Keeping your career fresh: Don’t pass the “buy date”
One of our terrific contributors, Deborah Brackney, who is vice president for Mountain States Employers Council, submitted an article to CausePlanet that merits repeating because of its ongoing relevancy: Look for challenges in different phases of your career to keep it fresh. I think too often we wait for opportunities to happen to us rather than seek them out or actively manage our careers in the nonprofit sector.
According to Brackney, there are phases and stages to our work lives. And at each stage, there are concrete steps we can take to manage our careers. The model of organizational development that suggests that organizations go through distinct phases – Introduction, Growth, Maturity and Ending – is similar to the phases of a career.
When we are in the Introductory phase, we are just beginning to learn what it is to be an employee. At this stage, employees should ask themselves, does this job fit my values, my lifestyle and prepare me for other jobs?
The next stage – Growth – occurs as we develop into our careers and our professions. It is often in this stage where promotions happen, or we move into jobs with more responsibility and decision making. At this point, there are three opportunities to maximize your career: sharing knowledge, developing leadership skills and reflecting on your job situation.
At the Growth stage, it’s time to reflect and ask if this is the right career, job or organization for you is critical. Especially in nonprofits, it is important to assess an employee’s job alignment with the mission and work of the organization. Developing an informal network of peers is helpful in guiding your reflections.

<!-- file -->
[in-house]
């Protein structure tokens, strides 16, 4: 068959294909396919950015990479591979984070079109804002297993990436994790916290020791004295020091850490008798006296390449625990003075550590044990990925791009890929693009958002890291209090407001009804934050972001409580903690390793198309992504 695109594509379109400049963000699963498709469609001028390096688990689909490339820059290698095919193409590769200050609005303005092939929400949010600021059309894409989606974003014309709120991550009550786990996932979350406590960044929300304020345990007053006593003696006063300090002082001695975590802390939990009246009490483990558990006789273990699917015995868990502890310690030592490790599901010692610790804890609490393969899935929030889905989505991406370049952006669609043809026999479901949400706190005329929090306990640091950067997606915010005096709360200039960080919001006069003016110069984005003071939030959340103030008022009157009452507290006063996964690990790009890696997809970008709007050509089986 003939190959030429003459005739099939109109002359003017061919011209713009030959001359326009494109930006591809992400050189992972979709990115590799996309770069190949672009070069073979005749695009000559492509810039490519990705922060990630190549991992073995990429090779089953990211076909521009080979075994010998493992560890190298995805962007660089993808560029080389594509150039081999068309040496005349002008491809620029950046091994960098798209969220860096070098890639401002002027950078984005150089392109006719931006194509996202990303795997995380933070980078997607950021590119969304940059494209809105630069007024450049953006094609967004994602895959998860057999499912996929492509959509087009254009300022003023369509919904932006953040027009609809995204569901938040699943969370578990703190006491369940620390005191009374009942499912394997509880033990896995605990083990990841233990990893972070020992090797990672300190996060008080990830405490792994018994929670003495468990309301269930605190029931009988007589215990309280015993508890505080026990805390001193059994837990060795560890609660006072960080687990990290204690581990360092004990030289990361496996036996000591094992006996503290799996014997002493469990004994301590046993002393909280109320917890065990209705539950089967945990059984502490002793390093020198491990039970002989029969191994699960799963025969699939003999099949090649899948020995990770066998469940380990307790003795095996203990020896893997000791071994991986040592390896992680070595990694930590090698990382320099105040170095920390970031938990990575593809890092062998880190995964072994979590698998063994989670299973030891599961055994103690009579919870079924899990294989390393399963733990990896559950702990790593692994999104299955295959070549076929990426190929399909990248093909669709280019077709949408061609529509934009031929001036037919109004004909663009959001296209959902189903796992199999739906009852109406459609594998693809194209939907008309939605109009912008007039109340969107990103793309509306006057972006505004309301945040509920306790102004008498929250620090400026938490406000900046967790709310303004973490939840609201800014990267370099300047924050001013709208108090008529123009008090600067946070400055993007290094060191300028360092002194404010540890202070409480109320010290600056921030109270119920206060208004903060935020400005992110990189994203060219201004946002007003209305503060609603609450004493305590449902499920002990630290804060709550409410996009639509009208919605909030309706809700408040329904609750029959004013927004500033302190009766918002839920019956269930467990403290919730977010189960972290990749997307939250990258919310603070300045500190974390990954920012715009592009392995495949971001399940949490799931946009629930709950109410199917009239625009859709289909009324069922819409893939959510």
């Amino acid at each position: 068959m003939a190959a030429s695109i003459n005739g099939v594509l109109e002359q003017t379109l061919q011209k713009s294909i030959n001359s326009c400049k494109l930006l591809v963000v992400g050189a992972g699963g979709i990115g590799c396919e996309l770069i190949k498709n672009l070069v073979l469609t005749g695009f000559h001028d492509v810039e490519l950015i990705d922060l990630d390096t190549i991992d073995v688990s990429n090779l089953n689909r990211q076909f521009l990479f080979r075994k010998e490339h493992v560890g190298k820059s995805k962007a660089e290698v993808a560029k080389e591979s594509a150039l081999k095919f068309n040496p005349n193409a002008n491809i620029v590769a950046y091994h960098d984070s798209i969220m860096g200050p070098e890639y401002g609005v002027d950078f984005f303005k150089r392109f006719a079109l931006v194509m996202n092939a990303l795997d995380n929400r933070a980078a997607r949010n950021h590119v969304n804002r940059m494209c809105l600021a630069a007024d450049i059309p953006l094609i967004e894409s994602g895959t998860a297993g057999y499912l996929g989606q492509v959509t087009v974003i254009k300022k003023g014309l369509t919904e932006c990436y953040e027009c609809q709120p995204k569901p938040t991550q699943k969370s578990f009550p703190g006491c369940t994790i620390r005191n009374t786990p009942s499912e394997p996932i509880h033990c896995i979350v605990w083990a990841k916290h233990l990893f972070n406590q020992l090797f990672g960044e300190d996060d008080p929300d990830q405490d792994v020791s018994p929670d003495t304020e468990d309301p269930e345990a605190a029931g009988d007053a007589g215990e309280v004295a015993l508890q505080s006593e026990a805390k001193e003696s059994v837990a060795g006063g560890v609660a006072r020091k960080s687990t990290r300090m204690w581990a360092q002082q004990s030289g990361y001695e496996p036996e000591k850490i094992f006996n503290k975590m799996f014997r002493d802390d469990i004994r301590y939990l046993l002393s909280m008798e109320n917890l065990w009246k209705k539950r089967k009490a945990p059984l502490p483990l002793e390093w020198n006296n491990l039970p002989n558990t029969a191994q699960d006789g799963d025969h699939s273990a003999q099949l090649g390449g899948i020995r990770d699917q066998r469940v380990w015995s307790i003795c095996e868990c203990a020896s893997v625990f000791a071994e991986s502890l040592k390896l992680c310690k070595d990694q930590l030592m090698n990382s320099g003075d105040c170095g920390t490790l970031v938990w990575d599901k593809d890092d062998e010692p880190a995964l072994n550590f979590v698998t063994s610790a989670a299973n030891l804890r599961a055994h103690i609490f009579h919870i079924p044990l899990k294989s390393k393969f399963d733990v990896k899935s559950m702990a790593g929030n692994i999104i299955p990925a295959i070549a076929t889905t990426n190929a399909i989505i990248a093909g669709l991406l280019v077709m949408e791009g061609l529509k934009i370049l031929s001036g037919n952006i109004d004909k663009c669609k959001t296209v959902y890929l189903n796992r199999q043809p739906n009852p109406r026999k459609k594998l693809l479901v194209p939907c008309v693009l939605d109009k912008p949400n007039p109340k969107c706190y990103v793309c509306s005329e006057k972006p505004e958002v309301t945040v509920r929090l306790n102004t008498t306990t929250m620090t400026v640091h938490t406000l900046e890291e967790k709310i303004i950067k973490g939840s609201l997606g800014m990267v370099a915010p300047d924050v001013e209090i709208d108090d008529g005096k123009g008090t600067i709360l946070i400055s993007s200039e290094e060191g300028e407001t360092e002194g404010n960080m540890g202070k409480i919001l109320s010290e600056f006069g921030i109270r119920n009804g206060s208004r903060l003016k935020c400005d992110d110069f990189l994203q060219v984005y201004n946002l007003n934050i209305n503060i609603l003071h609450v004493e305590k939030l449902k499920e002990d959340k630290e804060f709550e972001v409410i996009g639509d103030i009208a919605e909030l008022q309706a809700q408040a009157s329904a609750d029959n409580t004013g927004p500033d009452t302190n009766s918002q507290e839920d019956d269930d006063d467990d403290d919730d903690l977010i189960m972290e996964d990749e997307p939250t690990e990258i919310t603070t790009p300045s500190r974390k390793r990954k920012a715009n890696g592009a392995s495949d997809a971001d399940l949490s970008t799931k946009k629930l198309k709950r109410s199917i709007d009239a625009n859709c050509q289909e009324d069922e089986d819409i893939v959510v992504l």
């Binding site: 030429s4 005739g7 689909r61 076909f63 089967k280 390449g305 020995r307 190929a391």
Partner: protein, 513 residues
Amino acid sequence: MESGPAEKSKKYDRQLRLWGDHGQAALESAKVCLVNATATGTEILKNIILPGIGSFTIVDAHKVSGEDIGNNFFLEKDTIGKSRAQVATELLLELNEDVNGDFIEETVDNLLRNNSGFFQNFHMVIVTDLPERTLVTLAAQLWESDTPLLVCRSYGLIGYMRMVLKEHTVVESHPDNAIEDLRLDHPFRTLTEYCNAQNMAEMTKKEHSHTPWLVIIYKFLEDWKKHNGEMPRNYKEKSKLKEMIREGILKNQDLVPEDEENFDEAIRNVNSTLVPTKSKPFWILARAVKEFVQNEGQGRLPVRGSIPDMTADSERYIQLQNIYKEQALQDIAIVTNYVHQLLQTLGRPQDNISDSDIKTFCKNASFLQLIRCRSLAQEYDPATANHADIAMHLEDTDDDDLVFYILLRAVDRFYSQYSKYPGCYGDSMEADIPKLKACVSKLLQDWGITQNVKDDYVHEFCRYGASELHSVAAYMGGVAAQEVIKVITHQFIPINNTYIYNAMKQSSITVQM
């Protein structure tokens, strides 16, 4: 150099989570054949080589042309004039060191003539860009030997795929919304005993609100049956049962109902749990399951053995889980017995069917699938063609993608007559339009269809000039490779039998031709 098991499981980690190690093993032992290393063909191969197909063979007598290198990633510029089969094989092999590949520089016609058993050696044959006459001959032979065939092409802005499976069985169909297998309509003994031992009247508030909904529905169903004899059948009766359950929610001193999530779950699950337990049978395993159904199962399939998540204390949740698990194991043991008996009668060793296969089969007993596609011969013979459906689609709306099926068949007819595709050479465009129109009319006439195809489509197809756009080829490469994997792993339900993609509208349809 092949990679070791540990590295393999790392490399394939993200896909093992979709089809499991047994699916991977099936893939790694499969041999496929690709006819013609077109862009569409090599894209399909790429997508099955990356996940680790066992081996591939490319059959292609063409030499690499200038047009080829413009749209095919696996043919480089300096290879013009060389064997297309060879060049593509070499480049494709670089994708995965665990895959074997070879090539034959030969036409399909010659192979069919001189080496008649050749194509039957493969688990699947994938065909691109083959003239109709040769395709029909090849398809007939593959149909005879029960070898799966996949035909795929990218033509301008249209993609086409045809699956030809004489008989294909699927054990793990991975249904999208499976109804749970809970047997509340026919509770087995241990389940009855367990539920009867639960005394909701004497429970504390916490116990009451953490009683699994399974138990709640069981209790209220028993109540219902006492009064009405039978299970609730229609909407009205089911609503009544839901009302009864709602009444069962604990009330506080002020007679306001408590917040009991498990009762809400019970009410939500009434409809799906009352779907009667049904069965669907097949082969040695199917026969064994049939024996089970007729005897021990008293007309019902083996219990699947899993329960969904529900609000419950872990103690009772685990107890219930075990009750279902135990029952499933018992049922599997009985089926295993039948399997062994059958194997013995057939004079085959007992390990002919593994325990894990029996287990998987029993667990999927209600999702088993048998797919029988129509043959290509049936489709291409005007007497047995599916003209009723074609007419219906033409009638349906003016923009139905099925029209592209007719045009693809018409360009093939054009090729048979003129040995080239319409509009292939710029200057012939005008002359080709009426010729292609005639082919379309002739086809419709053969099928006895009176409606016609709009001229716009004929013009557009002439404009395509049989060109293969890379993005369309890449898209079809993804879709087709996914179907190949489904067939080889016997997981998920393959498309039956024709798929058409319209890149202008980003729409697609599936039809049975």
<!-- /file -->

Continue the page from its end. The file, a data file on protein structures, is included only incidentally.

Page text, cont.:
As we enter into the Maturity stage of our careers, one of the most important tasks we can take on is mentoring. Finding a newer employee or younger colleague who benefits from the wisdom of this career stage helps sustain the organization and helps keep our skills fresh.
One of the pitfalls of this stage is the risk of job burnout. To help manage burnout, many find a formal or informal coach who can help set goals or point out new areas of growth. Job advancement at this stage is often lateral, and it is best to assess if a new job will renew our sense of purpose. Four sites that are helpful if you look for a new job are:
These three stages are not necessarily linear. We can enter a job at the growth or maturity stage. We may decide that we want to take on a new profession and start again in the Introduction stage. Whatever stage we are in, it is important to keep resumes updated and networks fresh. Don’t wait until you realize that you are ready for a career change to update your resume and reconnect with your network. Newer social networking tools such as LinkedIn are great for staying close to colleagues.
Watch for our upcoming feature by Tommy Spaulding called It’s Not Just Who You Know for tips on “netgiving” versus networking.